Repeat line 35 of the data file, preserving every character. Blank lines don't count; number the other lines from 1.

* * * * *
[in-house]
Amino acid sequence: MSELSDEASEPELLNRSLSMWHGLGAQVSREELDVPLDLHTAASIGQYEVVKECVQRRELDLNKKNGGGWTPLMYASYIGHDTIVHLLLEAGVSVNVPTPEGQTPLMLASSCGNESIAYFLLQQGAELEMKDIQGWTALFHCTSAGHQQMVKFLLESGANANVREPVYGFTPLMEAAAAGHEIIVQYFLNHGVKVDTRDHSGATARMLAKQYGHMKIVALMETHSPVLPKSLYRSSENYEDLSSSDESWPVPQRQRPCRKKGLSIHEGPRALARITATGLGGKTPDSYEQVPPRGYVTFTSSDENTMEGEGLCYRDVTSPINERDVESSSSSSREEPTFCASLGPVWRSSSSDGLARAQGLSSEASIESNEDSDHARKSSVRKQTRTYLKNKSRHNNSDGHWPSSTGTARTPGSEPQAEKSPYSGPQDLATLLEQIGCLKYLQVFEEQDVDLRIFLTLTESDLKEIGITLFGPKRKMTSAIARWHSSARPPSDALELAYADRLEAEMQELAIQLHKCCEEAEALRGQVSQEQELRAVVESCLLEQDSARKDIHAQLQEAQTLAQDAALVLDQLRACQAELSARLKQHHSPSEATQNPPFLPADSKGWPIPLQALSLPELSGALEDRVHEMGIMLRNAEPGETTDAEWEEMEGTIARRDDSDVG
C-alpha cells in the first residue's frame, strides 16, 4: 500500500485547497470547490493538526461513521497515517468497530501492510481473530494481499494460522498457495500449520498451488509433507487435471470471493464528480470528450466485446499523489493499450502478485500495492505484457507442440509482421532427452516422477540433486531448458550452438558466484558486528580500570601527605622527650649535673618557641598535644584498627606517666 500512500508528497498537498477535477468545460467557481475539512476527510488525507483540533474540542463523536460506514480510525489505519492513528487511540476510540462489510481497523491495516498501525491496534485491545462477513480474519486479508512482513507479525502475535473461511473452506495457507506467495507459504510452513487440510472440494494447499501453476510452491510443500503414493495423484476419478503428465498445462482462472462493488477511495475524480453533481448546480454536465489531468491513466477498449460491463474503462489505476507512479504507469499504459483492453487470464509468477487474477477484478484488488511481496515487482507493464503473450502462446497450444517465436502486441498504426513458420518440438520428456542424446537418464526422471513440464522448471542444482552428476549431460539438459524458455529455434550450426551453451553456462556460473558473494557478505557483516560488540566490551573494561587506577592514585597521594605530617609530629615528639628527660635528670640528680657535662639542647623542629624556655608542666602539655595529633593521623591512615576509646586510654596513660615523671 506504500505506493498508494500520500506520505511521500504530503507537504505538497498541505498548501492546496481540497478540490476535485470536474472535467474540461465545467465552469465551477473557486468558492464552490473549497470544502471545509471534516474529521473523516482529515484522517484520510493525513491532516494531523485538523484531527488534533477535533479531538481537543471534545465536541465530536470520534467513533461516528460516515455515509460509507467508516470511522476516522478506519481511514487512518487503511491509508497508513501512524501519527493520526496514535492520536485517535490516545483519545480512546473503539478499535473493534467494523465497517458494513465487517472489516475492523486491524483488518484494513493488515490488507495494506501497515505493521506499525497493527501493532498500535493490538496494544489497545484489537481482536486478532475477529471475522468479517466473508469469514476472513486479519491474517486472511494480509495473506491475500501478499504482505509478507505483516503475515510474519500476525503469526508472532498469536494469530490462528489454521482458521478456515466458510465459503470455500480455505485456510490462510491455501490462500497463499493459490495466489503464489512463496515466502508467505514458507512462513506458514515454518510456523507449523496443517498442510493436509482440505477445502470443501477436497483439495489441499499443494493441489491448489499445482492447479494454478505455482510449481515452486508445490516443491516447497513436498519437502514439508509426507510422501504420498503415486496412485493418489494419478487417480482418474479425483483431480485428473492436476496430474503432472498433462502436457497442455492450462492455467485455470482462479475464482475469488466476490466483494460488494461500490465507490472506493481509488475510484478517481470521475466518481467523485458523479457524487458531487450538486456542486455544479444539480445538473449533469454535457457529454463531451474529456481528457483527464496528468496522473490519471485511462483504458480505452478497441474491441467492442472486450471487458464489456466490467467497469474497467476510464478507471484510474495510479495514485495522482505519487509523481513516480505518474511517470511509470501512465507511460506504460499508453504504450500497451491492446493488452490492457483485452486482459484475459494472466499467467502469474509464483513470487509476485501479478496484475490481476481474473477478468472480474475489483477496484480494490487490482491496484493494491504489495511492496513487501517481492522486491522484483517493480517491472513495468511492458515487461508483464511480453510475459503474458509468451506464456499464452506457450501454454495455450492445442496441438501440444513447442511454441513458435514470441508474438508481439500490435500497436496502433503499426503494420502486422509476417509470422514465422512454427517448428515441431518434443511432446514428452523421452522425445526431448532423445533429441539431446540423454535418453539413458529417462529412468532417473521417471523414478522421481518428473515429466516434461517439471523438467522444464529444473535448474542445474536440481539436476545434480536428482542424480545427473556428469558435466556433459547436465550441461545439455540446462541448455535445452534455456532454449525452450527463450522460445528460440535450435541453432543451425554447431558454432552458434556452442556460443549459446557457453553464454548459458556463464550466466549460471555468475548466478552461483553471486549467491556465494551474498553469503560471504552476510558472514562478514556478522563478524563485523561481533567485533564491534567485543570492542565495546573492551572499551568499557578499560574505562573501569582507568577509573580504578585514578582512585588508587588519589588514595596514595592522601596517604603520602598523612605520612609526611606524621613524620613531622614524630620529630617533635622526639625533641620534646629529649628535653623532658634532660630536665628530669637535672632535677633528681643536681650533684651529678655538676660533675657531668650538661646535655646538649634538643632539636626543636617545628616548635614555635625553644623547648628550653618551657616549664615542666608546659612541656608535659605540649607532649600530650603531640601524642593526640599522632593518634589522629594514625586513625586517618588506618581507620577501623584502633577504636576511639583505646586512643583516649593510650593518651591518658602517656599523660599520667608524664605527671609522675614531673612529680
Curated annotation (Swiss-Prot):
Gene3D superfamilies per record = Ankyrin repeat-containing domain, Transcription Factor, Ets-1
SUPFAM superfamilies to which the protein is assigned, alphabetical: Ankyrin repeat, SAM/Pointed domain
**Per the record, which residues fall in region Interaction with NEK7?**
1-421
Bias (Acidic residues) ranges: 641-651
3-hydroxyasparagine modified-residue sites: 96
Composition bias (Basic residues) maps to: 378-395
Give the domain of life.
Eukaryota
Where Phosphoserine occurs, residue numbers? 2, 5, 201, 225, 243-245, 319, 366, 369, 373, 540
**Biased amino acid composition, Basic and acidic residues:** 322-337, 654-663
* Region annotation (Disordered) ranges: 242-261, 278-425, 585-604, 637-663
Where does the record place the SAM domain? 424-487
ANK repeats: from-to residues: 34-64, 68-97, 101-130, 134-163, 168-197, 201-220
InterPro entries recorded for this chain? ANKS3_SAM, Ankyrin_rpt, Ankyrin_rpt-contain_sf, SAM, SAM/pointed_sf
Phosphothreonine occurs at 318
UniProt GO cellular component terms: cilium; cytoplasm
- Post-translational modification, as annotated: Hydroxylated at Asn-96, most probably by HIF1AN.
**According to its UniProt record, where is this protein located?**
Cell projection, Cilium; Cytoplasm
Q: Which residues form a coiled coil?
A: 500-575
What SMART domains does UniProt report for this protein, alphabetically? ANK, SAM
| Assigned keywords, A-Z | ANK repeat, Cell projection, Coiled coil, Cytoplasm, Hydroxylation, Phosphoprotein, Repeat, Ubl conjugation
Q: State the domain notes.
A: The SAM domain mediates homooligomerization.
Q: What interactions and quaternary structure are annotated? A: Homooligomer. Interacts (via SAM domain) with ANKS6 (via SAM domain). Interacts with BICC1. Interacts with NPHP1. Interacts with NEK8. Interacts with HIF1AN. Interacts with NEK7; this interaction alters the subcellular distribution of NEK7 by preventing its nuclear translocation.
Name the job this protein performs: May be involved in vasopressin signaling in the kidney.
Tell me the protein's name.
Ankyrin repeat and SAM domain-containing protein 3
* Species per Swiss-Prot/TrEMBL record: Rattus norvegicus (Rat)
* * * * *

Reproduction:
* Species per Swiss-Prot/TrEMBL record: Rattus norvegicus (Rat)